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We're ready to pay the ultimate price — CJ David Maraga

 Chief Justice David Maraga addresses the press at the Kisii Law Courts on June 21, 2017. PHOTO | BENSON MOMANYI | NMG
Chief Justice David Maraga addresses the press at the Kisii Law Courts on June 21, 2017. PHOTO | BENSON MOMANYI | NMG 

Chief Justice David Maraga has accused Inspector-General of Police Joseph Boinett of ignoring calls to beef up the security of judges and courts, exposing them to danger.

In a statement issued after a day-long meeting with other members of the Judicial Service Commission (JSC), CJ Maraga said the judiciary and judges would, however, soldier on to discharge their mandates.

He said they are ready to pay the ultimate price for defending the Constitution and the rule of law.

“JSC notes with dismay that the Inspector-General of Police, who is expected to provide security to all government facilities, has repeatedly ignored calls to act, exposing judicial officers, property and litigants to danger,” he said.

The CJ maintained that the judiciary is an arm of government equal to both the executive and the legislature.

Abolish

And if leaders are tired of having a “strong and independent judiciary”, he said, they should call a referendum and abolish it altogether.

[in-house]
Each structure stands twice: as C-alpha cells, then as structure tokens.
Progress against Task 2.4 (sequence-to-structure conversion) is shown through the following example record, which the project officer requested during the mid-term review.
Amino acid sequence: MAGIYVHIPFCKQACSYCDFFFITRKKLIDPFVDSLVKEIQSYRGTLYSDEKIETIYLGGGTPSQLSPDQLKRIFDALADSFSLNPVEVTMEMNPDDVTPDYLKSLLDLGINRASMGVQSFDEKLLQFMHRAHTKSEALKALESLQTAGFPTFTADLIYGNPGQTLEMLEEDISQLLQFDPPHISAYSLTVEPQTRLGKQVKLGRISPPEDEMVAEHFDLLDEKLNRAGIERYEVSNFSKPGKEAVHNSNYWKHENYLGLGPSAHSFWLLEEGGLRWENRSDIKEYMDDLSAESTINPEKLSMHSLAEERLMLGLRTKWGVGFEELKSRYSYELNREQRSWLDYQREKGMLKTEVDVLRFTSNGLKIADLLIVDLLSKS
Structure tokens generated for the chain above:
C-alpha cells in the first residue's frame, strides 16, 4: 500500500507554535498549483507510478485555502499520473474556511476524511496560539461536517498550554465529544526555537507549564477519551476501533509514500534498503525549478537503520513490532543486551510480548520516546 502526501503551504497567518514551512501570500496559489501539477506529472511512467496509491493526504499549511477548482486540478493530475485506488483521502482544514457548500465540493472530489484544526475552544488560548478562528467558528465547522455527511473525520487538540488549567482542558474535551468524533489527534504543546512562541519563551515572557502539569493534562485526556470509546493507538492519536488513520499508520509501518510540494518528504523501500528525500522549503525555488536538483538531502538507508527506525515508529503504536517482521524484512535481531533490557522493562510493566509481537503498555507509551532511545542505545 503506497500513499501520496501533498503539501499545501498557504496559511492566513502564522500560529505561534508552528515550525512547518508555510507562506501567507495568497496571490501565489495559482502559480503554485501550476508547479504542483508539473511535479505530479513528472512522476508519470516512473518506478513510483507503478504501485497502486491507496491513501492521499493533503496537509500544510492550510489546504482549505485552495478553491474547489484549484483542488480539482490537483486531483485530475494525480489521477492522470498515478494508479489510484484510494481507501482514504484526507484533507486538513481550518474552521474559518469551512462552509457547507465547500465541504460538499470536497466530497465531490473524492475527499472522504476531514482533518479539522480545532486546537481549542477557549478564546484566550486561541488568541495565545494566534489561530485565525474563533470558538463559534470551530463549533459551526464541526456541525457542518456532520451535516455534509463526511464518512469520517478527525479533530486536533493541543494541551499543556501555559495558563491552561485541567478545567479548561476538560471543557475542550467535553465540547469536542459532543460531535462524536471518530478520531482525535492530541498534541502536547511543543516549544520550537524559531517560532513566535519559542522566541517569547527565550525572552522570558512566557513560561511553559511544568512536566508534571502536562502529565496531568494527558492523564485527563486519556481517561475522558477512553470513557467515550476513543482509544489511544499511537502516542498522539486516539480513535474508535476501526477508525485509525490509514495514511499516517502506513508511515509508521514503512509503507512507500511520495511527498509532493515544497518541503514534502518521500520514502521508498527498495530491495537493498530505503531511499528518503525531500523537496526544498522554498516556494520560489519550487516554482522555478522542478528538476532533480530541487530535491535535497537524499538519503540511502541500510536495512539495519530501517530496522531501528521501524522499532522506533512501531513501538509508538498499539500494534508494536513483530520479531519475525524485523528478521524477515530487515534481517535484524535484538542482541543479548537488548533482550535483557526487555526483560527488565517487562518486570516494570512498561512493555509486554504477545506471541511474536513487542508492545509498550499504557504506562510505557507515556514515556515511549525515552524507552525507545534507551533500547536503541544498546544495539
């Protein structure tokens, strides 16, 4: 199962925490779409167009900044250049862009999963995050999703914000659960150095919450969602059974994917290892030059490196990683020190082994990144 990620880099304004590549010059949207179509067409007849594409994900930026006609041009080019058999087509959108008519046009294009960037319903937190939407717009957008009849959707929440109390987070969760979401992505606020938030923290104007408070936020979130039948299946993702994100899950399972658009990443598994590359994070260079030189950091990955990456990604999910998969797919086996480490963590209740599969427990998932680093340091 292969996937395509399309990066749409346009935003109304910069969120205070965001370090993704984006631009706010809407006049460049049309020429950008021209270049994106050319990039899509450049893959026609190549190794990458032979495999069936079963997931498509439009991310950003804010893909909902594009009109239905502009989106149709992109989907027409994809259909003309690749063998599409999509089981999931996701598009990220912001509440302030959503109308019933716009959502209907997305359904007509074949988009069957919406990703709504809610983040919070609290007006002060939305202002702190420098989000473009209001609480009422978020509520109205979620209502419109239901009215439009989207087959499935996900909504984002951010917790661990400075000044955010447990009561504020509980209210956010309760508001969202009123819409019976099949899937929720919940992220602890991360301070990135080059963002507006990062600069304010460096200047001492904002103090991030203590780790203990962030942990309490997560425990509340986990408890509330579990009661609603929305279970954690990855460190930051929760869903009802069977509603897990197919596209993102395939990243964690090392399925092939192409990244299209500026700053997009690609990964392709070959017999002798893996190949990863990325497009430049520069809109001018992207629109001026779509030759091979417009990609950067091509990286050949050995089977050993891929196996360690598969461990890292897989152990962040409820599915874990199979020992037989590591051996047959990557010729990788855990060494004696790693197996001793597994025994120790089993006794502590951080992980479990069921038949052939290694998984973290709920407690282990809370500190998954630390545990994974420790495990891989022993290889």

“Before that happens, the Judiciary will continue to discharge its mandate in accordance with the Constitution and individual

The CJ maintained that the judiciary is an arm of government equal to both the executive and the legislature.

And if leaders are tired of having a “strong and independent judiciary”, he said, they should call a referendum and abolish it altogether.

oaths of office,” he said.

Demo

He said it was saddening that the judiciary and judges, especially those of the Supreme Court, have come under constant attacks, culminating in demonstrations, which were held outside the Supreme Court Building in Nairobi and in Nyeri, Nakuru and Eldoret.

Mr Maraga stated that  the demonstrations bordered on violence and were intended to intimidate the judiciary and individual judges.

“The Judiciary has not and will never seek to direct the other arms about how to perform their functions,” he said.

“In the same vein, we will not allow anybody to dictate to us how to discharge our mandate as given by the people of Kenya under the Constitution. We want to state that the rule of law must be allowed to prevail at all times.”

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